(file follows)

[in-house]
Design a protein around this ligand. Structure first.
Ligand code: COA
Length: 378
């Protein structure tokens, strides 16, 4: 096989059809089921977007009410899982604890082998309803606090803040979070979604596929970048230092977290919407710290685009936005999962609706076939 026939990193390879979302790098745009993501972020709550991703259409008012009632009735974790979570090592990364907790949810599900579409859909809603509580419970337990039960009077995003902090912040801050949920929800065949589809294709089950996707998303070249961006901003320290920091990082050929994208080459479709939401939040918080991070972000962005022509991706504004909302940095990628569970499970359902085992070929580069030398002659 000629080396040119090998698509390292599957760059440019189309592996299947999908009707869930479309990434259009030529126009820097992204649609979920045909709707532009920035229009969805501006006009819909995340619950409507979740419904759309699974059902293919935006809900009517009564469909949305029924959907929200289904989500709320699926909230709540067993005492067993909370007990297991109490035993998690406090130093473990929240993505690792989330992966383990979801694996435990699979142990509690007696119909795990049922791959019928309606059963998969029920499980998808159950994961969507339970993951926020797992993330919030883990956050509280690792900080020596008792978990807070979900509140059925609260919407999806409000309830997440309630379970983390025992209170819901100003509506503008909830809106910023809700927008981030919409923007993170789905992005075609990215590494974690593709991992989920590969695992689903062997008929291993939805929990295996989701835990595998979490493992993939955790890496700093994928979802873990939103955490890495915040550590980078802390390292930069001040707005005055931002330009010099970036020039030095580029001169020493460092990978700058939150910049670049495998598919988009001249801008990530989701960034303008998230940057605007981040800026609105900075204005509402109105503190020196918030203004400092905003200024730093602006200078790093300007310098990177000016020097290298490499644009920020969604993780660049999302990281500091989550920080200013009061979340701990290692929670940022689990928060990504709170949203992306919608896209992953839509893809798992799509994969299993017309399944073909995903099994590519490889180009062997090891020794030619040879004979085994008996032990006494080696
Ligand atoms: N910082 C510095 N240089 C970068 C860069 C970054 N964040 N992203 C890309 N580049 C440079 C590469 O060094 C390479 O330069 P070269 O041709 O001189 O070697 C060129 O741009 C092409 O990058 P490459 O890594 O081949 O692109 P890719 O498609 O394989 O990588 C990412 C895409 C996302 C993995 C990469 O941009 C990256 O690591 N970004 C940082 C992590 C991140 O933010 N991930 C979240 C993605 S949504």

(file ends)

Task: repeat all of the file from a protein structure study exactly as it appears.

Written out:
[in-house]
Design a protein around this ligand. Structure first.
Ligand code: COA
Length: 378
């Protein structure tokens, strides 16, 4: 096989059809089921977007009410899982604890082998309803606090803040979070979604596929970048230092977290919407710290685009936005999962609706076939 026939990193390879979302790098745009993501972020709550991703259409008012009632009735974790979570090592990364907790949810599900579409859909809603509580419970337990039960009077995003902090912040801050949920929800065949589809294709089950996707998303070249961006901003320290920091990082050929994208080459479709939401939040918080991070972000962005022509991706504004909302940095990628569970499970359902085992070929580069030398002659 000629080396040119090998698509390292599957760059440019189309592996299947999908009707869930479309990434259009030529126009820097992204649609979920045909709707532009920035229009969805501006006009819909995340619950409507979740419904759309699974059902293919935006809900009517009564469909949305029924959907929200289904989500709320699926909230709540067993005492067993909370007990297991109490035993998690406090130093473990929240993505690792989330992966383990979801694996435990699979142990509690007696119909795990049922791959019928309606059963998969029920499980998808159950994961969507339970993951926020797992993330919030883990956050509280690792900080020596008792978990807070979900509140059925609260919407999806409000309830997440309630379970983390025992209170819901100003509506503008909830809106910023809700927008981030919409923007993170789905992005075609990215590494974690593709991992989920590969695992689903062997008929291993939805929990295996989701835990595998979490493992993939955790890496700093994928979802873990939103955490890495915040550590980078802390390292930069001040707005005055931002330009010099970036020039030095580029001169020493460092990978700058939150910049670049495998598919988009001249801008990530989701960034303008998230940057605007981040800026609105900075204005509402109105503190020196918030203004400092905003200024730093602006200078790093300007310098990177000016020097290298490499644009920020969604993780660049999302990281500091989550920080200013009061979340701990290692929670940022689990928060990504709170949203992306919608896209992953839509893809798992799509994969299993017309399944073909995903099994590519490889180009062997090891020794030619040879004979085994008996032990006494080696
Ligand atoms: N910082 C510095 N240089 C970068 C860069 C970054 N964040 N992203 C890309 N580049 C440079 C590469 O060094 C390479 O330069 P070269 O041709 O001189 O070697 C060129 O741009 C092409 O990058 P490459 O890594 O081949 O692109 P890719 O498609 O394989 O990588 C990412 C895409 C996302 C993995 C990469 O941009 C990256 O690591 N970004 C940082 C992590 C991140 O933010 N991930 C979240 C993605 S949504």